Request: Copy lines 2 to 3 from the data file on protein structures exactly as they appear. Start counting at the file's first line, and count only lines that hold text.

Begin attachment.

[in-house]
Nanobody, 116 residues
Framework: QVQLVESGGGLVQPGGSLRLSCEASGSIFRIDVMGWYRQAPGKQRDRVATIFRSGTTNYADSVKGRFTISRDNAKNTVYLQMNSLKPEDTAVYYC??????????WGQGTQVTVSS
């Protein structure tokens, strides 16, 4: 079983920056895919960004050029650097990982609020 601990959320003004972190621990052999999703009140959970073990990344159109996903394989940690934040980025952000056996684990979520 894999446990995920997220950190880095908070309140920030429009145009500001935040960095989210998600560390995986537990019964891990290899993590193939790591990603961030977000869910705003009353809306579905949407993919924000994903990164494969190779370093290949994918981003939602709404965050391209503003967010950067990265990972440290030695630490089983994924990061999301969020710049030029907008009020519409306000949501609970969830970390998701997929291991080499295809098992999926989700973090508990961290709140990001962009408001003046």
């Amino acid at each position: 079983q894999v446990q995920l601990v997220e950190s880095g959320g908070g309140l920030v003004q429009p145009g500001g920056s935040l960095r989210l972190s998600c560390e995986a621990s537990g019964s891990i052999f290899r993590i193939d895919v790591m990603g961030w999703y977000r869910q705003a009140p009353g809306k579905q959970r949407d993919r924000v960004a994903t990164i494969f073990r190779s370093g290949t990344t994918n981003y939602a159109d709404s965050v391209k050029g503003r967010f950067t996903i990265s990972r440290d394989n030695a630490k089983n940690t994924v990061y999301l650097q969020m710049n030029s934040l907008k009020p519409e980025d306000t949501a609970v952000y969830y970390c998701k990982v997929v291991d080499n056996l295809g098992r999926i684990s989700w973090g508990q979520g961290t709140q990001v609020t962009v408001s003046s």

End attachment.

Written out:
Nanobody, 116 residues
Framework: QVQLVESGGGLVQPGGSLRLSCEASGSIFRIDVMGWYRQAPGKQRDRVATIFRSGTTNYADSVKGRFTISRDNAKNTVYLQMNSLKPEDTAVYYC??????????WGQGTQVTVSS